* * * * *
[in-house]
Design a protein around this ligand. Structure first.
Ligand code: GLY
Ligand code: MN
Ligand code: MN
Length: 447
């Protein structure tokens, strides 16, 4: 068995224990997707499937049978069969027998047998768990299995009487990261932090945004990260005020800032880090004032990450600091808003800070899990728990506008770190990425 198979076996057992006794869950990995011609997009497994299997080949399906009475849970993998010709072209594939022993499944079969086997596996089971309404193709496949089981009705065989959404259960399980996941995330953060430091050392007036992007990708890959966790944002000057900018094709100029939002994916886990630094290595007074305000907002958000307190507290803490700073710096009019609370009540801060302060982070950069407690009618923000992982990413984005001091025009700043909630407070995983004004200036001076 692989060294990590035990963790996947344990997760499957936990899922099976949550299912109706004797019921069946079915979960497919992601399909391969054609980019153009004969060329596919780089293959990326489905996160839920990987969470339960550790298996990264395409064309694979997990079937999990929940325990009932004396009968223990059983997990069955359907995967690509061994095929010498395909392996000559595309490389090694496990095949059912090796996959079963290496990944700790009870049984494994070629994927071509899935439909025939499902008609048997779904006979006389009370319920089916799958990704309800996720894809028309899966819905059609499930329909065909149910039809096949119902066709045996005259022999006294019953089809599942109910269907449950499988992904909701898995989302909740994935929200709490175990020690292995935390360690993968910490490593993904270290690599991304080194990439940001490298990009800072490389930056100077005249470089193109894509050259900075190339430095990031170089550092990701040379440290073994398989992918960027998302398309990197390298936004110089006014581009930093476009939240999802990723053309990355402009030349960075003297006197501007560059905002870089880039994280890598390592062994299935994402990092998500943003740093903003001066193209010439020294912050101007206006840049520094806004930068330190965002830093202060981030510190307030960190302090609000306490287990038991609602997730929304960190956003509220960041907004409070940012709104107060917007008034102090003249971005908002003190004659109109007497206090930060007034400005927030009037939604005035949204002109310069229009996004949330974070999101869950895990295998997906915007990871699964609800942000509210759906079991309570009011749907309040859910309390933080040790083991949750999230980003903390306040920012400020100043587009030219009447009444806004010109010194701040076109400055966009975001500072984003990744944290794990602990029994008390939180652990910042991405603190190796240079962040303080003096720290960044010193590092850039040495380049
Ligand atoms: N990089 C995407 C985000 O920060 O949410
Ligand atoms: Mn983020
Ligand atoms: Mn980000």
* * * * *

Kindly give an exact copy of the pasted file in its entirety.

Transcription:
[in-house]
Design a protein around this ligand. Structure first.
Ligand code: GLY
Ligand code: MN
Ligand code: MN
Length: 447
């Protein structure tokens, strides 16, 4: 068995224990997707499937049978069969027998047998768990299995009487990261932090945004990260005020800032880090004032990450600091808003800070899990728990506008770190990425 198979076996057992006794869950990995011609997009497994299997080949399906009475849970993998010709072209594939022993499944079969086997596996089971309404193709496949089981009705065989959404259960399980996941995330953060430091050392007036992007990708890959966790944002000057900018094709100029939002994916886990630094290595007074305000907002958000307190507290803490700073710096009019609370009540801060302060982070950069407690009618923000992982990413984005001091025009700043909630407070995983004004200036001076 692989060294990590035990963790996947344990997760499957936990899922099976949550299912109706004797019921069946079915979960497919992601399909391969054609980019153009004969060329596919780089293959990326489905996160839920990987969470339960550790298996990264395409064309694979997990079937999990929940325990009932004396009968223990059983997990069955359907995967690509061994095929010498395909392996000559595309490389090694496990095949059912090796996959079963290496990944700790009870049984494994070629994927071509899935439909025939499902008609048997779904006979006389009370319920089916799958990704309800996720894809028309899966819905059609499930329909065909149910039809096949119902066709045996005259022999006294019953089809599942109910269907449950499988992904909701898995989302909740994935929200709490175990020690292995935390360690993968910490490593993904270290690599991304080194990439940001490298990009800072490389930056100077005249470089193109894509050259900075190339430095990031170089550092990701040379440290073994398989992918960027998302398309990197390298936004110089006014581009930093476009939240999802990723053309990355402009030349960075003297006197501007560059905002870089880039994280890598390592062994299935994402990092998500943003740093903003001066193209010439020294912050101007206006840049520094806004930068330190965002830093202060981030510190307030960190302090609000306490287990038991609602997730929304960190956003509220960041907004409070940012709104107060917007008034102090003249971005908002003190004659109109007497206090930060007034400005927030009037939604005035949204002109310069229009996004949330974070999101869950895990295998997906915007990871699964609800942000509210759906079991309570009011749907309040859910309390933080040790083991949750999230980003903390306040920012400020100043587009030219009447009444806004010109010194701040076109400055966009975001500072984003990744944290794990602990029994008390939180652990910042991405603190190796240079962040303080003096720290960044010193590092850039040495380049
Ligand atoms: N990089 C995407 C985000 O920060 O949410
Ligand atoms: Mn983020
Ligand atoms: Mn980000």